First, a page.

Cognitive appraisal − Lazarus and Folkman have defined cognitive appraisal as "the process of categorizing an encounter, and its various facets, concerning its significance for well-being." These evaluations, Lazarus suggested, are abstract and subjective. Cognitive appraisal is further divided into two types, i.e., primary and secondary.
Primary appraisal− It involves evaluating stress quality and identifying its harm and benefits, i.e., it works on understanding the threat level.
Secondary appraise− This refers to identifying the strategy and resources available to an individual to cope with the stress.
Antecedent− Antecedents refer to events and factors that happen just before and, therefore, greatly influence the appraisal. In this context, two kinds of antecedents have been suggested, i.e., originating from the person (like personal beliefs, attitude, past experiences, etc.) and originating from the situation or context (e.g., environment, social norms, time, familiarity, etc.).
Stress− Stress was defined as a "connection between the person and the environment that the person judges as straining or exceeding his or her resources and harming his or her well-being" by Lazarus and Folkman in 1984. They suggested that the cognitive evaluation and coping phases go hand in hand when describing the experience of stress. .
Coping− Coping is "cognitive and behavioral efforts to master, reduce, or tolerate the internal and external demands created by the stressful transaction." Lazarus and Folkman further suggest that coping regulate emotional distress (emotion-focused coping) and problem management (problem-focused coping). Interestingly, it has been observed that both coping occur during any stress, though their quality may vary.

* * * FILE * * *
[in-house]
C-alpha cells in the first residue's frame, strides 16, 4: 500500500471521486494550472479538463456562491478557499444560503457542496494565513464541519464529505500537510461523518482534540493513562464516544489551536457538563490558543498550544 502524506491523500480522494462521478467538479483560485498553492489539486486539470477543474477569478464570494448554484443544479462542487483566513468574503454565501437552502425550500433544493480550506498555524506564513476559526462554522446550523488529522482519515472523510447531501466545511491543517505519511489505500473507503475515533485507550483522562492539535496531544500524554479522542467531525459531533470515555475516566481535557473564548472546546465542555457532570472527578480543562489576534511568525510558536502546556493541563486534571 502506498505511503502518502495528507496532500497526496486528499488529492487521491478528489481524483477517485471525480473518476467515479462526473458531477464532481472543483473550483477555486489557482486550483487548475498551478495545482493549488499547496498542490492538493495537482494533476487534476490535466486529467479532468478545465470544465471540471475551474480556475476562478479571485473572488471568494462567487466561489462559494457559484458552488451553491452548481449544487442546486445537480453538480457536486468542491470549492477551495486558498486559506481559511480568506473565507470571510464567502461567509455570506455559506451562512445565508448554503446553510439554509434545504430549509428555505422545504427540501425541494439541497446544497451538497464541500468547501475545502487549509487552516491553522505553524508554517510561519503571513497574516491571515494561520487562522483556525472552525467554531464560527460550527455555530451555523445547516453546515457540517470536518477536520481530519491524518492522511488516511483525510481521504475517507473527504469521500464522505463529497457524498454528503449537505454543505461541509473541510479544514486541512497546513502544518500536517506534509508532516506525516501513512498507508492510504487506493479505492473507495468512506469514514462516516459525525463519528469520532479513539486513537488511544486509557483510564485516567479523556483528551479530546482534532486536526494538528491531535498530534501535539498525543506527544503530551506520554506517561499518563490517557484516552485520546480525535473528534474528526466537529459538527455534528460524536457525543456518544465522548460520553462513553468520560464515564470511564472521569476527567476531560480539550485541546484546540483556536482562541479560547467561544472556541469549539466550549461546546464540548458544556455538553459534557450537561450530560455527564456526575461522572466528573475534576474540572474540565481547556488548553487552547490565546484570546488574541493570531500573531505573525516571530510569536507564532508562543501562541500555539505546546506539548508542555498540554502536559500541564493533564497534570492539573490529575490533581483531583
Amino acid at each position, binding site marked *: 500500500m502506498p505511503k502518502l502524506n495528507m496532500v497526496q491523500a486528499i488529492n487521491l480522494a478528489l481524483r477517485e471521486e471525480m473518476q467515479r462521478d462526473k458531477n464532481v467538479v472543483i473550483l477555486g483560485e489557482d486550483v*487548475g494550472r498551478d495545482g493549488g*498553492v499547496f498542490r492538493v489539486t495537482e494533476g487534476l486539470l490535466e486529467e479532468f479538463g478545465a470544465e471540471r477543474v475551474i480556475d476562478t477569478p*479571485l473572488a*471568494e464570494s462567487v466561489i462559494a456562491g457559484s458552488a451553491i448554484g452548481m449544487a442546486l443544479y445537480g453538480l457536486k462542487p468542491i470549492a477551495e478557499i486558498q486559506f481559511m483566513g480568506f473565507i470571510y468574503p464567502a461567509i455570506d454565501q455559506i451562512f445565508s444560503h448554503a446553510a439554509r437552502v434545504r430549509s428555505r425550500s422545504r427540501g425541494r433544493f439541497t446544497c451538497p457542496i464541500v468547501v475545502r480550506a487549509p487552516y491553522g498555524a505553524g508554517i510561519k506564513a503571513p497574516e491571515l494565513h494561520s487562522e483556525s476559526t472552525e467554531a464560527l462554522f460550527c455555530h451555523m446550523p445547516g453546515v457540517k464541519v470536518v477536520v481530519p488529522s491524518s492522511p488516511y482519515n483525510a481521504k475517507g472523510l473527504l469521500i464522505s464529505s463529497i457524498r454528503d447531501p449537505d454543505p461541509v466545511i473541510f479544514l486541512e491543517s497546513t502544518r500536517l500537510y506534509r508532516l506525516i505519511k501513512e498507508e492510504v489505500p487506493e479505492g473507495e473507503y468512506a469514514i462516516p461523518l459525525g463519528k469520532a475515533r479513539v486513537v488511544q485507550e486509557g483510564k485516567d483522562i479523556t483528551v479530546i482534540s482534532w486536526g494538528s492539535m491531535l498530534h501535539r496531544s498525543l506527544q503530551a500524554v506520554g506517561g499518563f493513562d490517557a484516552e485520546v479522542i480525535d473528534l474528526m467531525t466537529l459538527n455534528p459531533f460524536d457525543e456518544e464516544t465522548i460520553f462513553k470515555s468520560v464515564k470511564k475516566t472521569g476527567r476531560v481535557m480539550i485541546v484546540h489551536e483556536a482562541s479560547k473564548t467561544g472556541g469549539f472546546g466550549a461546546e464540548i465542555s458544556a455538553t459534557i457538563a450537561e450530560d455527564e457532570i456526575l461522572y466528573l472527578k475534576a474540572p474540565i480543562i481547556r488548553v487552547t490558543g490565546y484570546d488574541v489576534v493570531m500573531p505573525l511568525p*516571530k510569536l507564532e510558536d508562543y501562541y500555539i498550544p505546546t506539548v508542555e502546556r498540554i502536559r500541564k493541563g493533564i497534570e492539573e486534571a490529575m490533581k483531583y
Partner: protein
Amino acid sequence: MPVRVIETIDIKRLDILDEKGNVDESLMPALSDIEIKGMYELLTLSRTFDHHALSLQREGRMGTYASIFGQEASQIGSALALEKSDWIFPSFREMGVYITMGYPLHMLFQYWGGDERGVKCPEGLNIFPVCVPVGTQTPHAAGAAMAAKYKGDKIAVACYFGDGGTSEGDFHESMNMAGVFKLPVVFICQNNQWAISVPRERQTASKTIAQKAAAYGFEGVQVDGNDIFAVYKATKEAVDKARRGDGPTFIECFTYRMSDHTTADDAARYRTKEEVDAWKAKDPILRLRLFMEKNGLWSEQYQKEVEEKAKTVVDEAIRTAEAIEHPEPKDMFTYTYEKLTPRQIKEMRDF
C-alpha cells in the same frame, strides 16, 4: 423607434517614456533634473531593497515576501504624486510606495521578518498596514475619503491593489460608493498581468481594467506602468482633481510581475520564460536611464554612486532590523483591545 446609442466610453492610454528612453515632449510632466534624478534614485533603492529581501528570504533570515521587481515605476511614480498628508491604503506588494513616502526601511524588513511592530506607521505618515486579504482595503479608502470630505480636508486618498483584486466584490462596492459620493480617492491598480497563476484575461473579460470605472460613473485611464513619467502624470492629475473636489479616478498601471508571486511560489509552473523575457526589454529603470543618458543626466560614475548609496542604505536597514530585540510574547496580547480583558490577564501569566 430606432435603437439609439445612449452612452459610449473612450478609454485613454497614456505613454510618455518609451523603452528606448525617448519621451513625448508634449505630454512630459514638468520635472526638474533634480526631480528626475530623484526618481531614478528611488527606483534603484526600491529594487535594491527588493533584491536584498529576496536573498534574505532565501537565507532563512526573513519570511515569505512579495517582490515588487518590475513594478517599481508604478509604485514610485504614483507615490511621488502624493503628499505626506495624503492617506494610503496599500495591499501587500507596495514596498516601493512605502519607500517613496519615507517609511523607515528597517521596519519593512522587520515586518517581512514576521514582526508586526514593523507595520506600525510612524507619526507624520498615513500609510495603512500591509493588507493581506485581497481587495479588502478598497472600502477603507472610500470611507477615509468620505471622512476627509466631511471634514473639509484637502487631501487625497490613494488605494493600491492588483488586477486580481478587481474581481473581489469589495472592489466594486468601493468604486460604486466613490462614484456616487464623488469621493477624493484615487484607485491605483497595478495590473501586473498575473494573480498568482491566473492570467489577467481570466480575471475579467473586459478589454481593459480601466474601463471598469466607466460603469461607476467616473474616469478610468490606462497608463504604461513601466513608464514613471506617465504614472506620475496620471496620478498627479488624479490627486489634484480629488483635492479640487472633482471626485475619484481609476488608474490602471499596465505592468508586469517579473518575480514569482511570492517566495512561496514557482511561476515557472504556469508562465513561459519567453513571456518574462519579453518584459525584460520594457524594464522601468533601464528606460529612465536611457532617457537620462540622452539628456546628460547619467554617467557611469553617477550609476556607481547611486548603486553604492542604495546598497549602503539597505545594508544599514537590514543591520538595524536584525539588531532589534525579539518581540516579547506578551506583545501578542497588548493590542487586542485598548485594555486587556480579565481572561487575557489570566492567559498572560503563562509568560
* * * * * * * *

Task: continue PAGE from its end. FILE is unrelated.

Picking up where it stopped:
Process of the Cognitive Appraisal
As per the transnational theory, the cognitive appraisal starts with the existence of some stressor (internal or external). When combined with antecedents’ factors, these events lead to an appraisal process that includes primary and secondary appraisal. The appraisal of the events is then followed by stress reaction, which is coped with using problem focused and emotion focused coping.
At this point, it is important to understand that coping may be maladaptive or adaptive, implying that coping will not always lead to stress reduction. Further, an appraisal is abstract and may differ for every person, and that knowledge of an event differs from the appraisal of an event. Additionally, Lazarus clarifies that cognitive appraisal can be fast and slow, conscious and unconscious, and deliberate and automatic.
The nature of this truly amazing phenomenon due to its widespread impact within and among individuals is very dynamic, and complex. Stress is not inevitable, but the cognitive appraisal is. The cognitive appraisal determines whether and to what extent any individual experiences stress. Further, one cannot deny the role of an individual as an active agent in experiencing stress, as it is the individual's subjective appraisal and cognition that influence stress perception and impact. After a detailed study of stress, one is left wondering how the nature of this truly amazing phenomenon due to its widespread impact within and among individuals is a very dynamic, interactions, and complex one.